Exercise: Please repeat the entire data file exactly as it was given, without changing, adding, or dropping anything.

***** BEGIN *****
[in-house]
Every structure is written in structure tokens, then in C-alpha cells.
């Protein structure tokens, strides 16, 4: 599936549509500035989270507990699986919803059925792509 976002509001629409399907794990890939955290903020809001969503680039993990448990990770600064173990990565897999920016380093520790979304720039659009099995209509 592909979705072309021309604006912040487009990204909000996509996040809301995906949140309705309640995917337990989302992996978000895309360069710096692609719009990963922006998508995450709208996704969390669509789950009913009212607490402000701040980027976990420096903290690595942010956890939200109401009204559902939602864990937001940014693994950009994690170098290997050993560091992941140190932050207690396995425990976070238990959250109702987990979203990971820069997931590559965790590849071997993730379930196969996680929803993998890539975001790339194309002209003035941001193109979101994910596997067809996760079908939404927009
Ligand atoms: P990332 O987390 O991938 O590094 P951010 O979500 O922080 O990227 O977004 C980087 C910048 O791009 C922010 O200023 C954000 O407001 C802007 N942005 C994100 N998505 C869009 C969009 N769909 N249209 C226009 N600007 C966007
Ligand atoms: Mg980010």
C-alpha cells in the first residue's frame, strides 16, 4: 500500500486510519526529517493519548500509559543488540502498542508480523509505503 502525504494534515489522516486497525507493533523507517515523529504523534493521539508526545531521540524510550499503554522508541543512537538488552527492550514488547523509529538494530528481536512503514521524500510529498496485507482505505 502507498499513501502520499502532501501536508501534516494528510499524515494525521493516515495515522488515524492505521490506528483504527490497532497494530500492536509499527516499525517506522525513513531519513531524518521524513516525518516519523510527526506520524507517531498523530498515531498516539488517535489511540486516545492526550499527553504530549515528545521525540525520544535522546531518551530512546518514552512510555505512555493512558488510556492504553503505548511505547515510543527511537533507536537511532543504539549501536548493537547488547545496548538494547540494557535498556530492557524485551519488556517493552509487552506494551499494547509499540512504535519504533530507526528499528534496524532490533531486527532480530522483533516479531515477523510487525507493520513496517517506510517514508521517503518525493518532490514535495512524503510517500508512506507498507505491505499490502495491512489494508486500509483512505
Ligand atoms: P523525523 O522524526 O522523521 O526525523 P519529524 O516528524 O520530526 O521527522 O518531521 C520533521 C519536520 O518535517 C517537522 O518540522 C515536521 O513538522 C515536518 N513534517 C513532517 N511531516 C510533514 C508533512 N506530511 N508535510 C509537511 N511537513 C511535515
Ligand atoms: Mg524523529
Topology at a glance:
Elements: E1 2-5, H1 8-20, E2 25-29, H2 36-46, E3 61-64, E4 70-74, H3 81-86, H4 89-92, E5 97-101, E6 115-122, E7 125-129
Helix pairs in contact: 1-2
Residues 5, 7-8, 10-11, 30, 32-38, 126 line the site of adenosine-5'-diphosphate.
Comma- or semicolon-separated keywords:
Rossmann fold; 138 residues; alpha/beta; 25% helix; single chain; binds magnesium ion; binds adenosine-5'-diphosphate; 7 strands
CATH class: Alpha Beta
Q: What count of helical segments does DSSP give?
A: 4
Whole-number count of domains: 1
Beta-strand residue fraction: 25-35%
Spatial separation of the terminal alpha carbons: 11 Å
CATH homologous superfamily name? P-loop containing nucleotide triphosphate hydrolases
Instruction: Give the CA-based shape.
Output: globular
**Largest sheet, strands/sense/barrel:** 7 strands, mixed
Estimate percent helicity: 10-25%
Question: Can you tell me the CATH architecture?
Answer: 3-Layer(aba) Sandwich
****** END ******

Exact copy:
[in-house]
Every structure is written in structure tokens, then in C-alpha cells.
């Protein structure tokens, strides 16, 4: 599936549509500035989270507990699986919803059925792509 976002509001629409399907794990890939955290903020809001969503680039993990448990990770600064173990990565897999920016380093520790979304720039659009099995209509 592909979705072309021309604006912040487009990204909000996509996040809301995906949140309705309640995917337990989302992996978000895309360069710096692609719009990963922006998508995450709208996704969390669509789950009913009212607490402000701040980027976990420096903290690595942010956890939200109401009204559902939602864990937001940014693994950009994690170098290997050993560091992941140190932050207690396995425990976070238990959250109702987990979203990971820069997931590559965790590849071997993730379930196969996680929803993998890539975001790339194309002209003035941001193109979101994910596997067809996760079908939404927009
Ligand atoms: P990332 O987390 O991938 O590094 P951010 O979500 O922080 O990227 O977004 C980087 C910048 O791009 C922010 O200023 C954000 O407001 C802007 N942005 C994100 N998505 C869009 C969009 N769909 N249209 C226009 N600007 C966007
Ligand atoms: Mg980010």
C-alpha cells in the first residue's frame, strides 16, 4: 500500500486510519526529517493519548500509559543488540502498542508480523509505503 502525504494534515489522516486497525507493533523507517515523529504523534493521539508526545531521540524510550499503554522508541543512537538488552527492550514488547523509529538494530528481536512503514521524500510529498496485507482505505 502507498499513501502520499502532501501536508501534516494528510499524515494525521493516515495515522488515524492505521490506528483504527490497532497494530500492536509499527516499525517506522525513513531519513531524518521524513516525518516519523510527526506520524507517531498523530498515531498516539488517535489511540486516545492526550499527553504530549515528545521525540525520544535522546531518551530512546518514552512510555505512555493512558488510556492504553503505548511505547515510543527511537533507536537511532543504539549501536548493537547488547545496548538494547540494557535498556530492557524485551519488556517493552509487552506494551499494547509499540512504535519504533530507526528499528534496524532490533531486527532480530522483533516479531515477523510487525507493520513496517517506510517514508521517503518525493518532490514535495512524503510517500508512506507498507505491505499490502495491512489494508486500509483512505
Ligand atoms: P523525523 O522524526 O522523521 O526525523 P519529524 O516528524 O520530526 O521527522 O518531521 C520533521 C519536520 O518535517 C517537522 O518540522 C515536521 O513538522 C515536518 N513534517 C513532517 N511531516 C510533514 C508533512 N506530511 N508535510 C509537511 N511537513 C511535515
Ligand atoms: Mg524523529
Topology at a glance:
Elements: E1 2-5, H1 8-20, E2 25-29, H2 36-46, E3 61-64, E4 70-74, H3 81-86, H4 89-92, E5 97-101, E6 115-122, E7 125-129
Helix pairs in contact: 1-2
Residues 5, 7-8, 10-11, 30, 32-38, 126 line the site of adenosine-5'-diphosphate.
Comma- or semicolon-separated keywords:
Rossmann fold; 138 residues; alpha/beta; 25% helix; single chain; binds magnesium ion; binds adenosine-5'-diphosphate; 7 strands
CATH class: Alpha Beta
Q: What count of helical segments does DSSP give?
A: 4
Whole-number count of domains: 1
Beta-strand residue fraction: 25-35%
Spatial separation of the terminal alpha carbons: 11 Å
CATH homologous superfamily name? P-loop containing nucleotide triphosphate hydrolases
Instruction: Give the CA-based shape.
Output: globular
**Largest sheet, strands/sense/barrel:** 7 strands, mixed
Estimate percent helicity: 10-25%
Question: Can you tell me the CATH architecture?
Answer: 3-Layer(aba) Sandwich